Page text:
Sonia, I would agree with Harris on this question. The individuals on the Biggest Loser should not be training at this level. It can take years of training to be at that level. I would be interested in seeing statistics on over training injuries for this show and others like it. As noted above, they have doctors, nutritionists and other experts to help them with these issues. Your training is specific to your goals. Many athletes at the higher levels have to train many hours every day in order to be at the top of their game. There are others, as Harris noted, that require long hours of training. I think your question was more in regards to the average person as portrayed in the show. In that case no, as it takes time to adapt the body to that level of fitness, plus learn how to train, sleep and eat properly to maintain it. I should note that you can train hard one day and then do some form of active recovery the next day. This could be anything from stretching to a walk in the park.
I do not know the long term effects of this daily training and I often wonder myself, to what extent can genetics play a part? Are there people out there who can exercise every day of their life or are they going to burn out eventually and have to rest. The only answer I have come up with is that we have to work with the current knowledge we have. What we can do is vary the type of exercise throughout the day or week. If you do a lot of lifting at work, maybe do some yoga or tai chi to bring the muscles back into balance, or if you are on your feet all day sit down on the weight bench or rowing machine. Give your body what it craves.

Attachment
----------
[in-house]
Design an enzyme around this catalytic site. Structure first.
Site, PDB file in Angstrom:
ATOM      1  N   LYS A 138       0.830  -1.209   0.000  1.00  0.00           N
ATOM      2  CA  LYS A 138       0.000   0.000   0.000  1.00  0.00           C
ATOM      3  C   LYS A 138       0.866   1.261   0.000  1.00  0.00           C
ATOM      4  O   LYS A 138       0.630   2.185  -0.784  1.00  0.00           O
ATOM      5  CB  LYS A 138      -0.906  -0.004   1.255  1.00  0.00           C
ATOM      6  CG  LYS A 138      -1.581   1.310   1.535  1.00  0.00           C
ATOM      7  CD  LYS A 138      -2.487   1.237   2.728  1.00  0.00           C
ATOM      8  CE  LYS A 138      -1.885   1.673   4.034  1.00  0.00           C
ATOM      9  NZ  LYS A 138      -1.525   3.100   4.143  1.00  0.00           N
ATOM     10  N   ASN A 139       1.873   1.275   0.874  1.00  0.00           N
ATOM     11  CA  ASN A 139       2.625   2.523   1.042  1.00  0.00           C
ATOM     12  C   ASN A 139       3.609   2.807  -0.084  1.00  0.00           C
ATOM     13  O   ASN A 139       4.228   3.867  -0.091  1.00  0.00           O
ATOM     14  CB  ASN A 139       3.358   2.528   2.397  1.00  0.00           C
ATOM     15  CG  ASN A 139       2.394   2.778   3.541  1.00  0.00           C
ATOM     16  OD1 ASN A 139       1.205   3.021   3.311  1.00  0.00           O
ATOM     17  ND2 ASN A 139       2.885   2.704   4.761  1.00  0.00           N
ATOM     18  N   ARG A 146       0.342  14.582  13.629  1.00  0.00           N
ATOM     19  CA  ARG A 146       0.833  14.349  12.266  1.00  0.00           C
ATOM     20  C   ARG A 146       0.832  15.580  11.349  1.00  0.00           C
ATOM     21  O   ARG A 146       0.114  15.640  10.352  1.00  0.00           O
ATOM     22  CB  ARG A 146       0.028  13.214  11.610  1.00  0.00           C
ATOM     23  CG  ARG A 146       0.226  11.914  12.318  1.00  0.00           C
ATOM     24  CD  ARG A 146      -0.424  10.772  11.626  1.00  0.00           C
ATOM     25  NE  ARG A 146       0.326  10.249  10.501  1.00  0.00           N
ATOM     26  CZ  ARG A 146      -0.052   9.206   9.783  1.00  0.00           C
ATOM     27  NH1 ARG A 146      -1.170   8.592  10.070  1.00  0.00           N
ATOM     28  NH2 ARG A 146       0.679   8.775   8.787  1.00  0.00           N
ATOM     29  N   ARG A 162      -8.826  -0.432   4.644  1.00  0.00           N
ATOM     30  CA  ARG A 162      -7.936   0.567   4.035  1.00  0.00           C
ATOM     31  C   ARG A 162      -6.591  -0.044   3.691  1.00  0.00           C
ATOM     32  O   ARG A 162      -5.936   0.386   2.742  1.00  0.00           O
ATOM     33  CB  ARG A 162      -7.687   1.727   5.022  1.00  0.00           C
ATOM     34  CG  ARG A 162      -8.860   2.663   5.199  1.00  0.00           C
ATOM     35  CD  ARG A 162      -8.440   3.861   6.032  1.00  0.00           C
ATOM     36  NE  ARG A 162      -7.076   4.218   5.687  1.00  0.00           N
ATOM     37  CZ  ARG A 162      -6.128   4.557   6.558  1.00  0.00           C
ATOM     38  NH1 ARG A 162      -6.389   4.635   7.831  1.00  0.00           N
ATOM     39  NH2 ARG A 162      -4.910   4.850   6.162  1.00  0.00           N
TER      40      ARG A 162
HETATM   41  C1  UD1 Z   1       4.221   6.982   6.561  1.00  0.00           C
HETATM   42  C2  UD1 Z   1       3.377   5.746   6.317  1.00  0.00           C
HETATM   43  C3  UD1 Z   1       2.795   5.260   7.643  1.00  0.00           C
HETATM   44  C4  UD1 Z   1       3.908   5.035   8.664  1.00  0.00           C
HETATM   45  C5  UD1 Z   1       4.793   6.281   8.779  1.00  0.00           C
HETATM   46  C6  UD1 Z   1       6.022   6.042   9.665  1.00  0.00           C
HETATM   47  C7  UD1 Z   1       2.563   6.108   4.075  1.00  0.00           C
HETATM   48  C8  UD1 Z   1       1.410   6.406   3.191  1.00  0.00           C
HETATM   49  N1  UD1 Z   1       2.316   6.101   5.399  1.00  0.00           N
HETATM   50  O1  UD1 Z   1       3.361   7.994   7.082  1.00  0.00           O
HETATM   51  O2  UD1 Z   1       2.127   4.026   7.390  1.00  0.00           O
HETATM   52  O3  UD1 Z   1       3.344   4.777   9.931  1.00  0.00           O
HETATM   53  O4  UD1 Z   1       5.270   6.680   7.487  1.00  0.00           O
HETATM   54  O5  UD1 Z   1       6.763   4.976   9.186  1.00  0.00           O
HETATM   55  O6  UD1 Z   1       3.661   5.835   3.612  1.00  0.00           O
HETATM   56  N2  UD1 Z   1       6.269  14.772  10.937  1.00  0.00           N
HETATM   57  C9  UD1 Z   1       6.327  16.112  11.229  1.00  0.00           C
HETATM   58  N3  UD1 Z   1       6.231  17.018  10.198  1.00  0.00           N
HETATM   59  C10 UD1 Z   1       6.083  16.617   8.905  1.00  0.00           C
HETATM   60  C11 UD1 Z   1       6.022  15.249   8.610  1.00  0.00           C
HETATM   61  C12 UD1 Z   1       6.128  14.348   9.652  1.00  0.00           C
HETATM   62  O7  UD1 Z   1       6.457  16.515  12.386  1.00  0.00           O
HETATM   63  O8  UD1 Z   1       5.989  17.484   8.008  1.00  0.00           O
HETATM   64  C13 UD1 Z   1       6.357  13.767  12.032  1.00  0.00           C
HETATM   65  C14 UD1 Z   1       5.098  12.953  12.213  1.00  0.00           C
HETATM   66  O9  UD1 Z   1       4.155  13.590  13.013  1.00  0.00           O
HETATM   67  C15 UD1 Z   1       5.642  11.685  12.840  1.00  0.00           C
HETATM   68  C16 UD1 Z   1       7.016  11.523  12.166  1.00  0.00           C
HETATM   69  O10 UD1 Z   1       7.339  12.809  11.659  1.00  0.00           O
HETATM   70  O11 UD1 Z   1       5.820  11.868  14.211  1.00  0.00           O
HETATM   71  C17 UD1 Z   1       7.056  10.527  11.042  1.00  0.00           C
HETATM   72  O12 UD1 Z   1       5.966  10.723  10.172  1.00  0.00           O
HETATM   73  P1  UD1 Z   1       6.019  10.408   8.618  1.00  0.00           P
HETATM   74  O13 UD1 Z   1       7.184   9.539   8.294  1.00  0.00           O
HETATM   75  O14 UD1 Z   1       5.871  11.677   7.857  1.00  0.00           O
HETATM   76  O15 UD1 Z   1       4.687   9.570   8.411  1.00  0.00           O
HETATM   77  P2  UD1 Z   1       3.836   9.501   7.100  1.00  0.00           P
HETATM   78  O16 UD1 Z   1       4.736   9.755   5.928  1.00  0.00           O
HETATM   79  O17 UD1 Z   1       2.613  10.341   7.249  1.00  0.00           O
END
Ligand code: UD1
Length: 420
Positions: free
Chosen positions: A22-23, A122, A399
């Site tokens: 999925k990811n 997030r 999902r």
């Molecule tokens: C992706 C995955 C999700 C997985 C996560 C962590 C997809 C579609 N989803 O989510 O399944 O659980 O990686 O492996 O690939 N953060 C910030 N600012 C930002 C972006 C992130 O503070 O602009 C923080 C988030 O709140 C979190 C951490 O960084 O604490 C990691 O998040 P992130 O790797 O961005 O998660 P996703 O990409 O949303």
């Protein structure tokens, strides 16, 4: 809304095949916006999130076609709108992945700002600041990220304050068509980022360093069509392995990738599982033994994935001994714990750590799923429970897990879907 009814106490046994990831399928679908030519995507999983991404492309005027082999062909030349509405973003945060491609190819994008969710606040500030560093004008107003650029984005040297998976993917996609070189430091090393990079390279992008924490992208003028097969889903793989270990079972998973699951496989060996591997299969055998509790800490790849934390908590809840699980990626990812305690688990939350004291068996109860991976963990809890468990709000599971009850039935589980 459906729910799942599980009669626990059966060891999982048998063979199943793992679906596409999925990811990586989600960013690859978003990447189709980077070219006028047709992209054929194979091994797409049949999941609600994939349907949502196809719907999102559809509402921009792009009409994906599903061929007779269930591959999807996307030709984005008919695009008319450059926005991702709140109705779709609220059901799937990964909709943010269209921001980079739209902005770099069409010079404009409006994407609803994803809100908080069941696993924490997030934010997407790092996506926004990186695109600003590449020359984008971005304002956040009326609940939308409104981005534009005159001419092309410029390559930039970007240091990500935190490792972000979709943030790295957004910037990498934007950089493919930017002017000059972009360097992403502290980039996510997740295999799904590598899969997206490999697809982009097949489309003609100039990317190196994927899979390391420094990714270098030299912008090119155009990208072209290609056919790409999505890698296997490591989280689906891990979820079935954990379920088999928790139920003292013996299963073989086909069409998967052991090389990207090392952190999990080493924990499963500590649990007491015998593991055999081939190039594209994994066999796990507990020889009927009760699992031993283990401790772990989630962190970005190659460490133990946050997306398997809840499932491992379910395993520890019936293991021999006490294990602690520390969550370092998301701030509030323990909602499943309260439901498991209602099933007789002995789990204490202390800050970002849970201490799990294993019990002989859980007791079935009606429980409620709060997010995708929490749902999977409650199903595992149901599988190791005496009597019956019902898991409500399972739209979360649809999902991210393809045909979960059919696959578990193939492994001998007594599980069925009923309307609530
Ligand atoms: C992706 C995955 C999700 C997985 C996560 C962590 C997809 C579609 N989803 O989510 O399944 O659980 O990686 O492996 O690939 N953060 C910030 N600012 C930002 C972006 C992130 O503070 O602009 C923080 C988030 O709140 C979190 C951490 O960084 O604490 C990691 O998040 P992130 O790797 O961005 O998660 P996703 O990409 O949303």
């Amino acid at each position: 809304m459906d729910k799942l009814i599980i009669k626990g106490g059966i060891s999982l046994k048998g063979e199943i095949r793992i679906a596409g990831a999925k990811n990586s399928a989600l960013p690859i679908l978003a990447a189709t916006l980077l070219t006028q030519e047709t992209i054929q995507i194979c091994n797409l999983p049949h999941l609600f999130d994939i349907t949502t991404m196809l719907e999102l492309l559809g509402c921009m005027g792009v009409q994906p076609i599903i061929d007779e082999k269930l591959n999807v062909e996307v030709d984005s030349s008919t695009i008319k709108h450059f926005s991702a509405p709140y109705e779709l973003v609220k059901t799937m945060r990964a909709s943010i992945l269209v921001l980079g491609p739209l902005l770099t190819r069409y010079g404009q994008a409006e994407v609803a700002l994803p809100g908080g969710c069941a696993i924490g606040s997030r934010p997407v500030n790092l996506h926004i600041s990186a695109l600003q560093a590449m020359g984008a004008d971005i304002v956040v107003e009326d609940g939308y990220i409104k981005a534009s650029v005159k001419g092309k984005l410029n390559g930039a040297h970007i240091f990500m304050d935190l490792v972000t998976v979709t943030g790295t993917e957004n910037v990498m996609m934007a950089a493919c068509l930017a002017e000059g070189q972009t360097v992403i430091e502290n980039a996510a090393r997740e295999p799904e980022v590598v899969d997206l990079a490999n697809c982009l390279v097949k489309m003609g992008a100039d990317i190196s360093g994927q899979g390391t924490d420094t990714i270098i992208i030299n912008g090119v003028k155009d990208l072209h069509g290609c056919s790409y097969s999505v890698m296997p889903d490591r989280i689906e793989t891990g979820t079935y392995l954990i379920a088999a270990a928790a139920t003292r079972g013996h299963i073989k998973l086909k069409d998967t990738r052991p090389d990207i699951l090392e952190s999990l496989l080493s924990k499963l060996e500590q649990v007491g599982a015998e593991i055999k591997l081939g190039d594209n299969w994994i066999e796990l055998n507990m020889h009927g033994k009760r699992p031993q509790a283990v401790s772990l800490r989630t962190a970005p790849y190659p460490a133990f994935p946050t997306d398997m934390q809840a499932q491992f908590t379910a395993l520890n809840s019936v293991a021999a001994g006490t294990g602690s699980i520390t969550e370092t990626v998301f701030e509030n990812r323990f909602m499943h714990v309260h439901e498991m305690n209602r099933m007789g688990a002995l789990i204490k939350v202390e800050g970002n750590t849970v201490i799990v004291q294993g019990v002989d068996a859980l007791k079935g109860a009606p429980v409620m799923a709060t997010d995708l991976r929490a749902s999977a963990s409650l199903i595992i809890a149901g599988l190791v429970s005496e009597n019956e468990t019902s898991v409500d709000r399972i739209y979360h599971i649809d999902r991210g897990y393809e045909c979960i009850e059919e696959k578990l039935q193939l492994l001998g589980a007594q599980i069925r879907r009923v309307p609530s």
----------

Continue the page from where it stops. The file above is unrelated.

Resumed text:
The question here is it depends. If you are referring to people similar to the those in the show, the answer is no (for all the reasons the others have mentioned). But, if you are referring to individuals who’s lives might depend on their training , for example those in the military (and especially those in Special Operations), then the answer is yes (with a few exceptions). Also, it all depends on your goals, the races/event’s which you are training for and your fitness level and conditioning. I know people who train close to that many hours a day (one way or another) and they are fine, but it takes a lot of time to get to that level and even longer to maintain it…but this is not the norm.
Recovery and nutrition are essential components of fitness and wellness.
What happens in extreme weight loss competitions isn’t realistic for most people. They’re not just getting 7 hours in the gym every day. They’re being monitored by doctors, trainers, and nutritionists, and they’re separated from their families and other responsibilities. While these strategies may produce significant weight loss, many of the biggest loser contestants gain back a portion of their weight because their regimen can’t be sustained in the “real world.”
this is also my understanding that the body needs to rest and repair.
I do not believe that “The Biggest Loser” is supposed to be the blueprint for an exercise program. It is a TV show to entertain with a highly selected group of participants and a medical staff standing by.
But to expand on your observation: there are many people who do something physical 7 hours a day. In their cases, it is called ‘work’ and is physical labor. They have usually built up to the ability to sustain such workload over time.